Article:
Philippa Scott (1946–2023)

By Lindsay Fulcher | January 30, 2023

It was with great sadness that I heard the news that my beautiful, intelligent, rebellious friend Philippa Scott had died. Her delicate Pre-Raphaelite looks belied a determined, fearless and independent spirit that took her on dangerously exotic journeys to the Near East and beyond.

Born in India, her early childhood was spent on a Dooars tea estate in Darjeeling, and her school years were passed in the Scottish Highlands. After school, she applied for a job driving overland tours from London to India. The only thing she regretted during these long and often dangerous journeys was, she said, that she never went over the Khyber Pass. It was during this time that she fell in love with Turkey, a country she went on to visit regularly and to write about during her life. She lived in Paris and in Ireland for a few years, but she was usually to be found at her gloriously decorated Elgin Crescent flat. Who can forget her stylish dinner parties there (Philippa was a generous hostess and a marvellous cook) at which writers, artists and travellers gathered and over which she presided, dressed in a 19th-century embroidered Ottoman velvet kaftan or a 1920s’ Fortuny silk gown? It was a privilege and a delight to have known her.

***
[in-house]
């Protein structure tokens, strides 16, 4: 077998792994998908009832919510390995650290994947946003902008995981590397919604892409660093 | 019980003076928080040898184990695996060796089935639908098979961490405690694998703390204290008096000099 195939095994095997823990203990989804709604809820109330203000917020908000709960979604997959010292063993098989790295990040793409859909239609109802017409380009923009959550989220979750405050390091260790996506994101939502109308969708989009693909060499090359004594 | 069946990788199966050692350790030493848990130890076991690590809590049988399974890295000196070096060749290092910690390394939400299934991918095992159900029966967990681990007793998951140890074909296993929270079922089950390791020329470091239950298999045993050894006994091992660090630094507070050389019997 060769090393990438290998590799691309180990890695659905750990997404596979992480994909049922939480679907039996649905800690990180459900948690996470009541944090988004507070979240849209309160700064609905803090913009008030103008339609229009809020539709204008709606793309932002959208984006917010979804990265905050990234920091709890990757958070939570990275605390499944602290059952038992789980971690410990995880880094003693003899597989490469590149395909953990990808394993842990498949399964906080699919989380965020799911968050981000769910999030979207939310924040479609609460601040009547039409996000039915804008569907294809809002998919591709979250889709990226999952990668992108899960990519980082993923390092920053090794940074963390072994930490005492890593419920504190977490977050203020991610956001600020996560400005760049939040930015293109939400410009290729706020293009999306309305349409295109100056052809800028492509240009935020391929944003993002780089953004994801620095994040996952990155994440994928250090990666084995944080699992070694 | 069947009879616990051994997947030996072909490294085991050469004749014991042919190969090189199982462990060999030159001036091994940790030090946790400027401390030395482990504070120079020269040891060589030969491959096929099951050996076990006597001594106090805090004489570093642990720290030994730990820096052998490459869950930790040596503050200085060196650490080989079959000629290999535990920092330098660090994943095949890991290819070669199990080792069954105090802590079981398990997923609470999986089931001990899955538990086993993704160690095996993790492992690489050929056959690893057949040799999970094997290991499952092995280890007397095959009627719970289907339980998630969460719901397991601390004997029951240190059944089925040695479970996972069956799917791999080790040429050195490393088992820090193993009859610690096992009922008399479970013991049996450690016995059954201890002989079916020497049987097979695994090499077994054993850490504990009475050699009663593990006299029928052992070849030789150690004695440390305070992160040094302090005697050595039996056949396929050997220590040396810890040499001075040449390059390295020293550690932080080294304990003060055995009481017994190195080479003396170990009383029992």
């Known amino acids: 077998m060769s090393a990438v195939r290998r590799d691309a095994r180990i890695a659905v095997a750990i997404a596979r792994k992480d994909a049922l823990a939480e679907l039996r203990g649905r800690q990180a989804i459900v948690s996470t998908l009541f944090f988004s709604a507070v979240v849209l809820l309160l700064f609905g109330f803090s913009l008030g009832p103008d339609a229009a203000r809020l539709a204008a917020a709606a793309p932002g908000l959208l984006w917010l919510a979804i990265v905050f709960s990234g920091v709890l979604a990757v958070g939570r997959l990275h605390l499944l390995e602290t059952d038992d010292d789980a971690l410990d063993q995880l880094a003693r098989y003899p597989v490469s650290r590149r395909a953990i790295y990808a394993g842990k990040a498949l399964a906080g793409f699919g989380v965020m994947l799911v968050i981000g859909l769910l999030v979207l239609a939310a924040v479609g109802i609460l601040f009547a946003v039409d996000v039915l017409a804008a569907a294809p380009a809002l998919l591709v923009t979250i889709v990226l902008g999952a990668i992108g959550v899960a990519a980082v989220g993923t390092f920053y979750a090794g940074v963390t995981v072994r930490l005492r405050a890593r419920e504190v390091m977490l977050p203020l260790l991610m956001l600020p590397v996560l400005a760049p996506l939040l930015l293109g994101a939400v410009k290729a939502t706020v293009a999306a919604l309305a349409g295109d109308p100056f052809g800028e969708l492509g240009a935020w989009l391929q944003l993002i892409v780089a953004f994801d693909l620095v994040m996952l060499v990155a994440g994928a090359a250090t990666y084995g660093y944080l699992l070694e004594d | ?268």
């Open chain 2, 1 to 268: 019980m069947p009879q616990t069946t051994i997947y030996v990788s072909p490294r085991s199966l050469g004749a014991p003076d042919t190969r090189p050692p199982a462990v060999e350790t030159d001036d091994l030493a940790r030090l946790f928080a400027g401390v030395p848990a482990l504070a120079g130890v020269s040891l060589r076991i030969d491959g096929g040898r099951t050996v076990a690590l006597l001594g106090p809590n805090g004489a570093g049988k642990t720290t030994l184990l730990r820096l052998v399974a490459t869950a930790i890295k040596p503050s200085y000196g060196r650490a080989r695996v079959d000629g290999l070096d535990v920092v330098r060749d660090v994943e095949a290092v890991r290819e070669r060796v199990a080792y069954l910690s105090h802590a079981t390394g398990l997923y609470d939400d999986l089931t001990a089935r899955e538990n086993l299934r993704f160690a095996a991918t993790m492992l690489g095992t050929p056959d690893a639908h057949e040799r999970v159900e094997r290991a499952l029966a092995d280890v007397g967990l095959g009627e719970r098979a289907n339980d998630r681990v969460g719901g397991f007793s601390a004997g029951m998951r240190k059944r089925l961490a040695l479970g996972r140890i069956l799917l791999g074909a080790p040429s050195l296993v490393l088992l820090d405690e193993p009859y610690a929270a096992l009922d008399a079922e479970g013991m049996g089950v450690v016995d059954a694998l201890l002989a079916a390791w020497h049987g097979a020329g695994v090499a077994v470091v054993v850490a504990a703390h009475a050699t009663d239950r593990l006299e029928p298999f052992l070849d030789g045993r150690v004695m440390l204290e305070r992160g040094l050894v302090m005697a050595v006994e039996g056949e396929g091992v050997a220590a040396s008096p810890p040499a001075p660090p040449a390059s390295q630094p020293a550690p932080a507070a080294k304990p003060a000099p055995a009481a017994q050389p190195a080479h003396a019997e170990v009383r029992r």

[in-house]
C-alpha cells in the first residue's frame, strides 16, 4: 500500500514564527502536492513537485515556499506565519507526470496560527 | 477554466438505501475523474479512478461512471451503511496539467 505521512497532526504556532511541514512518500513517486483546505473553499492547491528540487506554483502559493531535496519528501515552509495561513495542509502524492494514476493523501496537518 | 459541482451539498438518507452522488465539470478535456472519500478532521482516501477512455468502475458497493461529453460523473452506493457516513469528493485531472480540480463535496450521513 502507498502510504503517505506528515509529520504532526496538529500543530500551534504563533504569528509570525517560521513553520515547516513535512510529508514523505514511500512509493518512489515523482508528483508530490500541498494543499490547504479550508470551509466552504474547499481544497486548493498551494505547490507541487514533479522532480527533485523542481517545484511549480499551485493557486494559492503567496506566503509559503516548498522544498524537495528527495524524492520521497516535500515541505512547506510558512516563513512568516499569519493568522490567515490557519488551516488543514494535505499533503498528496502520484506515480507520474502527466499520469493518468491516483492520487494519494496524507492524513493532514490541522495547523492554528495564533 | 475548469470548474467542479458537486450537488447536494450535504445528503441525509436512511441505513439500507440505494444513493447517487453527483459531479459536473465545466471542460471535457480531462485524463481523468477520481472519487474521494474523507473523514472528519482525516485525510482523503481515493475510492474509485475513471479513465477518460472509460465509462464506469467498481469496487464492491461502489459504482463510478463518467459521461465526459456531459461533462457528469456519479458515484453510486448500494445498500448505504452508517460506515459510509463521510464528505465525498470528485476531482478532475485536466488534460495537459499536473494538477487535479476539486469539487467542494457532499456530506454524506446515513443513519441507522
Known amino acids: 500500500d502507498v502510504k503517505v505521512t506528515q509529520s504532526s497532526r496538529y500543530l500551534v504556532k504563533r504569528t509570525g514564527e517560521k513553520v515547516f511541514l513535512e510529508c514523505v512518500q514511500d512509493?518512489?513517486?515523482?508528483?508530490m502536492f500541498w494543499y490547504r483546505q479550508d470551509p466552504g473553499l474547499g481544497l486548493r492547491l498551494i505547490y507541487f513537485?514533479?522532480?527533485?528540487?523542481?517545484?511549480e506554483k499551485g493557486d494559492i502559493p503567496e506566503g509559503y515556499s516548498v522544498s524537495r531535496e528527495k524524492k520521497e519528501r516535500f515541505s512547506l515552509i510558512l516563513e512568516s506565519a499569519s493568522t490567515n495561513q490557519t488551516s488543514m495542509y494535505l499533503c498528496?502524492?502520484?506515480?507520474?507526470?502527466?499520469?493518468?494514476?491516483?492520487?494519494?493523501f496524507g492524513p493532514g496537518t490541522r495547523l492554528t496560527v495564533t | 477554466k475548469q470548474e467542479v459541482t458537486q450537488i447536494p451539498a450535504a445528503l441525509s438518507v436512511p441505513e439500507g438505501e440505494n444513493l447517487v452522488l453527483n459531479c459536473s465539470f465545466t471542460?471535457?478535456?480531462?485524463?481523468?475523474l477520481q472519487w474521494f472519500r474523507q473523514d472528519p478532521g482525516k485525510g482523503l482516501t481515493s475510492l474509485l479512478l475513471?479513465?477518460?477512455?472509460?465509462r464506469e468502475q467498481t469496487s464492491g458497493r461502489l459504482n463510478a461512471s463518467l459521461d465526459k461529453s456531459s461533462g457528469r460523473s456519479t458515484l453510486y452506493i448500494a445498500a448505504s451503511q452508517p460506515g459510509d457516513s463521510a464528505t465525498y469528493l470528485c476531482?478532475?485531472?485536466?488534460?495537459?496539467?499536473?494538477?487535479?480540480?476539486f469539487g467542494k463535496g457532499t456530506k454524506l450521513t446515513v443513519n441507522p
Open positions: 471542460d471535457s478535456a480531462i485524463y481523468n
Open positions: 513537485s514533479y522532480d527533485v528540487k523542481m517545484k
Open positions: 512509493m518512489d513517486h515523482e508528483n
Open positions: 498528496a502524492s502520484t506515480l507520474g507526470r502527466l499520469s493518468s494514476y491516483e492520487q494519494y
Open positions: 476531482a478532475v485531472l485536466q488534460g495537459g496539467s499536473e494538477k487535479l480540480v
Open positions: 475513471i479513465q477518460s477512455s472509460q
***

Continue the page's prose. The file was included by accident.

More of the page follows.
She wrote articles for AramcoWorld, Hali, Cornucopia, Country Life, Food and Travel, and many other magazines. Her books include: Gourmet Game, The Book of Silk, Turkish Delights and The Bakewell Ottoman Garden. She also contributed to many other books including: India of the Rajahs, Meetings With Remarkable Muslims, Syria Through Writers' Eyes, Reflections of Paradise, The Silk Road– a Guide and The English Woman's Kitchen. In her last years she was writing a memoir, Land of the Unicorn –  it was for her grandson, Jack. I wonder if she finished it...

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